By the end of summer chiefs were lining up at the AFN’s September framework policy forum in Gatineau, Que. to scorn Bennett.
Leaders said Canada wasn’t listening to First Nations.
An AFN summary report of that forum calls the government’s engagement process a “divide and conquer strategy” and accuses the feds of not being transparent about what it was hearing from First Nations.
According to the report the sessions “fell short of full, fair and meaningful participation and were rushed.”
Association of Iroquois and Allied Indians (AIAI) leaders have unanimously condemned the framework, calling it “a threat to the inherent rights of First Nations.”
They said the government “continues to emphasize the supremacy of the Canadian Constitution and constrains the possibility for true self-determination among First Nations.”
Canada’s approach also undermines the principles of the United Nations Declaration on the Rights of Indigenous Peoples, the AIAI said, adding the engagement process “purposely sidelines important questions of Aboriginal title, consent, treaty obligations, land rights, and access to natural resources.”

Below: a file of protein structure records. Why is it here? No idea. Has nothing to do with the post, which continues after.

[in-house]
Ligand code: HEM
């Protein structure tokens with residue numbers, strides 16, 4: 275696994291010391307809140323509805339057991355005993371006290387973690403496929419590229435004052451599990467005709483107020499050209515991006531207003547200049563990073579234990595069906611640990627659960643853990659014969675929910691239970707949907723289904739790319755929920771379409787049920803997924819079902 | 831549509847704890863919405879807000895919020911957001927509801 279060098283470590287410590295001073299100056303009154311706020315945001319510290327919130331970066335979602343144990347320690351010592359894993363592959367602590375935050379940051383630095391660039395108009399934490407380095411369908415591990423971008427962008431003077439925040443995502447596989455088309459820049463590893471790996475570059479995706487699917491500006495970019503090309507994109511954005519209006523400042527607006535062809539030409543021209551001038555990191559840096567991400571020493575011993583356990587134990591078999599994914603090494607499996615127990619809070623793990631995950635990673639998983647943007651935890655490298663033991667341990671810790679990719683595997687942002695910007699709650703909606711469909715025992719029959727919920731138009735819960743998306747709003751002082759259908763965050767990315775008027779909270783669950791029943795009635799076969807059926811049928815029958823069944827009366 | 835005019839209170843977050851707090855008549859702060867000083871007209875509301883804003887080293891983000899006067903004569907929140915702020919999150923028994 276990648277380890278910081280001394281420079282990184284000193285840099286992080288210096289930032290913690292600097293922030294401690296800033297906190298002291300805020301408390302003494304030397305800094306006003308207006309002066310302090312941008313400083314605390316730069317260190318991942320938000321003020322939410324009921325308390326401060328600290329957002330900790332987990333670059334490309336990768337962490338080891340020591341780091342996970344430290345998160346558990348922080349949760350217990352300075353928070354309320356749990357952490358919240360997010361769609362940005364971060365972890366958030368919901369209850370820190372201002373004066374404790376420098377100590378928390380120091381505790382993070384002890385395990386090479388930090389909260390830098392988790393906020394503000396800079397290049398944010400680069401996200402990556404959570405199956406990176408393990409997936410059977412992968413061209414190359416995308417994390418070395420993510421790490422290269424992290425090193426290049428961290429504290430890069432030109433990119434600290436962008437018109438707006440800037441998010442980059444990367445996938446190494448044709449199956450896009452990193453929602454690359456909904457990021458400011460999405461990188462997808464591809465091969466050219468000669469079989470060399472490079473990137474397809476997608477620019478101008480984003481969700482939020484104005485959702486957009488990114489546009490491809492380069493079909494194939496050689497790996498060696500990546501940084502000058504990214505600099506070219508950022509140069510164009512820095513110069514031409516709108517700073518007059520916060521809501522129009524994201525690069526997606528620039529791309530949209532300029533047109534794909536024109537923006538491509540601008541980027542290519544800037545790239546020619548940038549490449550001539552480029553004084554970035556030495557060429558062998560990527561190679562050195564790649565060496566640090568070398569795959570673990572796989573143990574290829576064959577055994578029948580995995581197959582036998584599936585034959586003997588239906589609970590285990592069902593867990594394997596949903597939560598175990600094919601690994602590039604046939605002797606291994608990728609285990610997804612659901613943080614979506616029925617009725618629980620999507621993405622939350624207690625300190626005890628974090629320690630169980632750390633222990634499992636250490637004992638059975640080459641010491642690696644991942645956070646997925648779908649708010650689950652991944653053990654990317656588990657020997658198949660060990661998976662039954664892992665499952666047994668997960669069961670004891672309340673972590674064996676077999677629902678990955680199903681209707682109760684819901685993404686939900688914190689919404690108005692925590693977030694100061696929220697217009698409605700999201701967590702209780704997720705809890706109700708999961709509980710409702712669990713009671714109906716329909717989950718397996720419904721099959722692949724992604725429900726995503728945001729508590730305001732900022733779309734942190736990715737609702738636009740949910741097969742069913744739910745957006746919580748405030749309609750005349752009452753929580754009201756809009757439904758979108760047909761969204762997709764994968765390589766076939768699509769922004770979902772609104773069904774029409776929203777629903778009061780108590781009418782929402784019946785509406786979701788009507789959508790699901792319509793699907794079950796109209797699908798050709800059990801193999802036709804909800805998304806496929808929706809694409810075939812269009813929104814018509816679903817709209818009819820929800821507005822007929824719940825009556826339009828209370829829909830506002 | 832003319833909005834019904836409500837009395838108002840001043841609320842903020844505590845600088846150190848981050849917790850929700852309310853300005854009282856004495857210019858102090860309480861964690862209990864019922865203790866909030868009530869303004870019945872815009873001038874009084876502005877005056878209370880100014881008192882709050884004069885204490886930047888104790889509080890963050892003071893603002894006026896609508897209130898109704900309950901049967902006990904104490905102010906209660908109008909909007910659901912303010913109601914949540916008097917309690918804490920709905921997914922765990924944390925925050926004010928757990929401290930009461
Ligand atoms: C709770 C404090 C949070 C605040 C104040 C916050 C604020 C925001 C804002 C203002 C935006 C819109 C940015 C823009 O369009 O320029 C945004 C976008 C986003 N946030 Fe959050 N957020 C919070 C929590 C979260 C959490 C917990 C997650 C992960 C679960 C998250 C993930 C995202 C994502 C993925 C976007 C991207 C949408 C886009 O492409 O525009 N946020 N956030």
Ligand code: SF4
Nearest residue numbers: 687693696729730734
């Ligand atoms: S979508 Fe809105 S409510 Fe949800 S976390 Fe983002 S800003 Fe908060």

In June Ontario chiefs also rejected the framework and called on government to do a “hard reset” on the engagement process.
“First Nations need to be leading the efforts on anything that affects their inherent and treaty rights,” the chiefs said.
Grassroots missing from consultations
Government began engagement sessions on Feb. 16, the day after Trudeau’s announcement.
The government says it has met with approximately 1,662 individuals at more than 100 engagement sessions since February.
Data provided to APTN News by CIRNA shows almost half of the individuals were women, but only around 29 identified as elders and around 90 as youth or students.
The department does note, however, that the figures “may not be perfectly reflective of participation.”
The minister’s office told APTN that 55 individuals participated in the meetings with Mi’kmaq, Wolastoqey and Peskotomuhkati chiefs in February, June and August.
Just one elder participated, according to the department’s records, and no youth.